As social bots become more widespread and AI is driving ever more "personalised" but actually impersonal communication, our desire to interact with other real humans grows. As Anne-Marie Slaughter says in her excellent article "We crave actual physical connection to neighbours, colleagues and fellow townspeople, even if digitally facilitated."
What I found interesting about this statement, as a Business to Business communicator is that neighbours, colleagues and townspeople are all people. There is no craving for a connection to a brand.
This reminded me of a conversation I had last week with the CEO of a London Tech recruitment company. He spoke about how he frequently emails useful content across to his key contacts in order to advance their discussion and contrasted that with his company sharing the exact same article with the same person, also by email, in a newsletter. He felt that the first was materially important to the recipient and moved his company forward. The newsletter, with the same information, gets only around 2% of recipients even clicking to the article.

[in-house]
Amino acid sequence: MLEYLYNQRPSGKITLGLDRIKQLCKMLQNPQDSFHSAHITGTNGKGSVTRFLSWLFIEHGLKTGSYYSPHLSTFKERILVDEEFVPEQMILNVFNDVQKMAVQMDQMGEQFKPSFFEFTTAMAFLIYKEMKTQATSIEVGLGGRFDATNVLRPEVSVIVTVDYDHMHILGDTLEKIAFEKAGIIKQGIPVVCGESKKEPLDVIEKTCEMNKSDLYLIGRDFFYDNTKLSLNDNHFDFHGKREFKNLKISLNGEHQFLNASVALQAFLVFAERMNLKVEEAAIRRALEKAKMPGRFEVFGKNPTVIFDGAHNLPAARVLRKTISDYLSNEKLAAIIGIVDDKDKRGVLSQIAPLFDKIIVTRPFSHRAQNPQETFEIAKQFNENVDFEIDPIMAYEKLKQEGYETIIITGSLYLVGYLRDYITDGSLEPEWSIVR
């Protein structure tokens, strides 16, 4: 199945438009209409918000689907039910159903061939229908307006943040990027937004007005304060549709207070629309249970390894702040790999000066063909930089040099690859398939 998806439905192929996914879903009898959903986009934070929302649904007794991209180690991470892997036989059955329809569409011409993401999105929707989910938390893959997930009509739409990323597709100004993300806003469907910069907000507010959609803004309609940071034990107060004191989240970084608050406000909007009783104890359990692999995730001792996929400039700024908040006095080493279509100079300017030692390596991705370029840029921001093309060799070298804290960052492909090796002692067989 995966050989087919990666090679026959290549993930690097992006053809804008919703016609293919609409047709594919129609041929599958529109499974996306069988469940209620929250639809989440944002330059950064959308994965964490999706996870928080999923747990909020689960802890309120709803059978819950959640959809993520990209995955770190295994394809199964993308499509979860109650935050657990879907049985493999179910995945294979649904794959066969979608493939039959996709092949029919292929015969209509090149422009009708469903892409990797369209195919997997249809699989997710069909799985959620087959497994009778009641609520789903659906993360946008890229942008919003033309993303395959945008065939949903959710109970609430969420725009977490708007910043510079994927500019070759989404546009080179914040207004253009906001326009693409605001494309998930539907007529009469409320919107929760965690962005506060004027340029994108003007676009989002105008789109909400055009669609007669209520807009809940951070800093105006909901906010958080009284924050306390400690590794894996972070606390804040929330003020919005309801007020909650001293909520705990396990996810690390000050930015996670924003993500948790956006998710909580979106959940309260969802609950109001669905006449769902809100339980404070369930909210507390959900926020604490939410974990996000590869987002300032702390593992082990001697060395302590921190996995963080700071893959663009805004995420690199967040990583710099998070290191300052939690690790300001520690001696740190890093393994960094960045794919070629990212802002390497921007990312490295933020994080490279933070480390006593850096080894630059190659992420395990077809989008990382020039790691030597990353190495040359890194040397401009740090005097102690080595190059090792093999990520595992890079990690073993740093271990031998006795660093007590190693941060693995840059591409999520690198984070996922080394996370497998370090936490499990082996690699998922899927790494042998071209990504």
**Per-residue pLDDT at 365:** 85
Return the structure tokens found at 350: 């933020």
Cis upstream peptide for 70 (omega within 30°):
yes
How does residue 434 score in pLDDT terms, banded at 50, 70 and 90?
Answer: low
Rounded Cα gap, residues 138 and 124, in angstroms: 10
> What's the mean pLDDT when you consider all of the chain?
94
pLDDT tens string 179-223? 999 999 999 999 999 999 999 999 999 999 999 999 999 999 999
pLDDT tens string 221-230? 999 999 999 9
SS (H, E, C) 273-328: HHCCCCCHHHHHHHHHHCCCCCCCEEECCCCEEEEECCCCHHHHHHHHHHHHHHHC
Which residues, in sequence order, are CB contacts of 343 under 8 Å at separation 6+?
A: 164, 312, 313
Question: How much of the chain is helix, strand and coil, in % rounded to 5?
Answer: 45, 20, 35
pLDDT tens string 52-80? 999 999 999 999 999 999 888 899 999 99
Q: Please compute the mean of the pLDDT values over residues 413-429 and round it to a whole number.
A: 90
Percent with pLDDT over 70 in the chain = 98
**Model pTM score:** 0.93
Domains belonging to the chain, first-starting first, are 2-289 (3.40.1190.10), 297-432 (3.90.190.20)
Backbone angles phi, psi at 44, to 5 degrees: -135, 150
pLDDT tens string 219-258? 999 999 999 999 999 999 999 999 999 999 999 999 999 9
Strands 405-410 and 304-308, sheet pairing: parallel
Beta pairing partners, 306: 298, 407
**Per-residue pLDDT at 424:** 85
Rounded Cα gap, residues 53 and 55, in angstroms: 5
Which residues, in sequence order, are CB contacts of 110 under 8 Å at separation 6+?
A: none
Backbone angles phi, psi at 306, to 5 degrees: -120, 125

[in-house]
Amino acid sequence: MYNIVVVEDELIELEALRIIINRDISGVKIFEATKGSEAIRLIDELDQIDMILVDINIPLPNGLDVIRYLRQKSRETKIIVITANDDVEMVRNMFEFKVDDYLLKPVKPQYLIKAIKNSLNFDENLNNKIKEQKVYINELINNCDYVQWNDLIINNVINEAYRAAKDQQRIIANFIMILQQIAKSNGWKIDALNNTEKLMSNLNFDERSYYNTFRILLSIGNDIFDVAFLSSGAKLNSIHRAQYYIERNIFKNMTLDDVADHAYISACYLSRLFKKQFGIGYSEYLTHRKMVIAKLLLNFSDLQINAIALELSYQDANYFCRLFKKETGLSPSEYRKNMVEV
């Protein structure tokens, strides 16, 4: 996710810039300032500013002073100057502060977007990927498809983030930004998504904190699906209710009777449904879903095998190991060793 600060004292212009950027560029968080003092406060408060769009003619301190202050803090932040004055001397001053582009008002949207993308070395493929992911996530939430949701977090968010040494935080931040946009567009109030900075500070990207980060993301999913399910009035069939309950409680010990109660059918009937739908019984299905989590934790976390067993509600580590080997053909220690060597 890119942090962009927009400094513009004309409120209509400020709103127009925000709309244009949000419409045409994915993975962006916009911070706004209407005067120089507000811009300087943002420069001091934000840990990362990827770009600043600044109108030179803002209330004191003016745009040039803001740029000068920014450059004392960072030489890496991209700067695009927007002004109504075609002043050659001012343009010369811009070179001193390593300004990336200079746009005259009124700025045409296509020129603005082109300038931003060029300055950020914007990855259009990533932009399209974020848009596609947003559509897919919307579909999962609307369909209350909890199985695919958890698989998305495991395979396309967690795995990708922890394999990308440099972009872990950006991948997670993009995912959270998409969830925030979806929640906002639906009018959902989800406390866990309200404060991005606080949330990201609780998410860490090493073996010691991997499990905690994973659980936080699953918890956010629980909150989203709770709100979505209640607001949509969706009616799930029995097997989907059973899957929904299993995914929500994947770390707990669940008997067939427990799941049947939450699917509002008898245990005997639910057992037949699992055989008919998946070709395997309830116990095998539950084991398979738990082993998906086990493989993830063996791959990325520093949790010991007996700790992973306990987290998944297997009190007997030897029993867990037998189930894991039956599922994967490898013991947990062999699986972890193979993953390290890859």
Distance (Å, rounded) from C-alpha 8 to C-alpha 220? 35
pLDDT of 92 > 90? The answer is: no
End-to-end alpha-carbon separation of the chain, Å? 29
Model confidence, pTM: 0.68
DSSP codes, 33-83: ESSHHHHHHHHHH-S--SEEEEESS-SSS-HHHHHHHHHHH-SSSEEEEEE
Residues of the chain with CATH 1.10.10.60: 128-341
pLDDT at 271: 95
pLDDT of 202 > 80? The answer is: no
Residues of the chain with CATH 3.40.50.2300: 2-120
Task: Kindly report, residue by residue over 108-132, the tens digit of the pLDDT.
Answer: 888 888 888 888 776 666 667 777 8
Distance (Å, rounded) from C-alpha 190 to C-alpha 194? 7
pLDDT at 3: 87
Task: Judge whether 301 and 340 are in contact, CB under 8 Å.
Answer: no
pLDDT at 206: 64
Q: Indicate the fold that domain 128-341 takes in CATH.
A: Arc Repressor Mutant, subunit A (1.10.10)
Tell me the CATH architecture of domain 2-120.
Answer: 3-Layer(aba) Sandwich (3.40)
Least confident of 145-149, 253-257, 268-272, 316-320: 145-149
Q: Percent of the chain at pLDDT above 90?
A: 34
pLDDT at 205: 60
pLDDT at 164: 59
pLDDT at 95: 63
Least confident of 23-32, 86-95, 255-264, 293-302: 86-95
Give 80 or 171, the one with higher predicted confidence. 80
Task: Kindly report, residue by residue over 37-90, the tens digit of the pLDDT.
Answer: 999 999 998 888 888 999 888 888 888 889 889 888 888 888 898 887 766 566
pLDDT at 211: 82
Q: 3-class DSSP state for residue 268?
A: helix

Being remembered, not by a cookie or a CRM platform but by another human is becoming increasingly important. This suggests that the role of salespeople building networks and communities will continue to be critical, even if they are "digitally facilitated".
More immediately, our new tools are destroying both trust and truth, creating a hunger for community and authenticity. We crave actual physical connection to neighbours, colleagues and fellow townspeople, even if digitally facilitated. Going local will also be an important way to recover a belief in truth. With the decline of traditional trusted intermediaries, and the discovery that social media account holders may well be bots, we will crave verifiability.